Softer option for managing lace bug
Minimising harm to pollinators over flowering is a critical consideration when spraying for macadamia lace bug. Sivanto prime is a unique insecticide from Bayer (Group 4D) which meets this need, whilst providing strong protection against this destructive pest.
Bayer grower marketing lead: horticulture, Anthony De Monte said the macadamia industry is set to benefit with this new generation insecticide available for use against lace bug this year.
Sivanto prime was inspired by a natural plant compound from the plant Stemona japonica. It has low toxicity to Australian native stingless bees and European honeybees and is harmless to hoverflies when used as directed.
This provides growers and beekeepers with greater flexibility during flowering, as accidental overspray does not cause bee disorientation or impact colony strength and survival.
Mr De Monte said field trials in the Northern Rivers showed it outperformed standard organophosphate insecticides for control of lace bug. Sivanto prime provides contact activity which rapidly prevents sap feeding by adult or juvenile lace bugs.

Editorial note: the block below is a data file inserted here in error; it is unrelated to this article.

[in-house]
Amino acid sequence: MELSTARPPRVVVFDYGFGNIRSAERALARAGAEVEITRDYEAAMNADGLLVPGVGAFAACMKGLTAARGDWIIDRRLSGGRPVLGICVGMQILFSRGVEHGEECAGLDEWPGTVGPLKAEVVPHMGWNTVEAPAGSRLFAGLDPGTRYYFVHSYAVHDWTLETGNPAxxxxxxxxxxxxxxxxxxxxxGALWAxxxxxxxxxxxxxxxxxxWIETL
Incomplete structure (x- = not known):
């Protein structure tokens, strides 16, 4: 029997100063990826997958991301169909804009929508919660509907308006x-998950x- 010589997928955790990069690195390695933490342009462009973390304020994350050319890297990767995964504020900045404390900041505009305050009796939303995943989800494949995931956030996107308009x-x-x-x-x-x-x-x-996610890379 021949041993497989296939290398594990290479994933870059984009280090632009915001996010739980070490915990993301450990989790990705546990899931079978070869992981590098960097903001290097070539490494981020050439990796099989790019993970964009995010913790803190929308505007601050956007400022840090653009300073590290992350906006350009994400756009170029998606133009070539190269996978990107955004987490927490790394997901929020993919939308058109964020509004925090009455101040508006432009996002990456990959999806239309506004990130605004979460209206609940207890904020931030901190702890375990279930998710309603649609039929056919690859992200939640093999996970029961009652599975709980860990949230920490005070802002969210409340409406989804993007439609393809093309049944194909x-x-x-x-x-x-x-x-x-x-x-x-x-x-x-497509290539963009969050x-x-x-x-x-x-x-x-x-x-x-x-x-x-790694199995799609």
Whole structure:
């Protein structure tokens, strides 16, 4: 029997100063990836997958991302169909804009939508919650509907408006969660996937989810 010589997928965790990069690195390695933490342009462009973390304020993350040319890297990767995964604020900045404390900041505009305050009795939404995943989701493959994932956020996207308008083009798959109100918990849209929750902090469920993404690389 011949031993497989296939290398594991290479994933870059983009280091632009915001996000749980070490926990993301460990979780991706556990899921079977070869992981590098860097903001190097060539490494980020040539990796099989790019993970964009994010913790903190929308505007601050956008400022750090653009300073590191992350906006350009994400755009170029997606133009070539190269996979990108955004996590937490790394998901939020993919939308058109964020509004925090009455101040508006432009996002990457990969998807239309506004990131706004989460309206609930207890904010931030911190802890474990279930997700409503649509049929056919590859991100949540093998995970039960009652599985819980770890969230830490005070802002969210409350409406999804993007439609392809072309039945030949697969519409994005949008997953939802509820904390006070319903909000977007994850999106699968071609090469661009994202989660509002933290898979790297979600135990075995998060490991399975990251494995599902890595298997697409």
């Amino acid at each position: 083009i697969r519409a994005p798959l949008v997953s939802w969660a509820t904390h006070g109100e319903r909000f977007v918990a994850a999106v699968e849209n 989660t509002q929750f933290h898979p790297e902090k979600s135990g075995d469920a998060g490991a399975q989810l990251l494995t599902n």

“Sivanto prime’s systemic properties allow further protection in the raceme against later re-infestation. The industry recommendation is to monitor green, unopened racemes, and spray no later than 5% open flowers.
“Sivanto prime can be used for lace bug control without being disruptive to many important beneficial species like predatory mites, lacewings, parasitoids and ladybird beetles.”
Mr De Monte said prolonging the abundance of beneficial species early is essential in the overall pest management strategy. This has been shown to reduce the build-up of pest mite populations over summer in commercial avocado production compared to standard insecticides in the Bundaberg district.
“This season, Sivanto prime should only be used at 50 mL/100 L against macadamia lace bug, with a maximum of one application per 12-month period. Wider recommendations for the use of Sivanto prime in macadamias is expected in 2023, after establishment of export tolerances for higher application rates for the control of spotting bugs,” he said.Back to news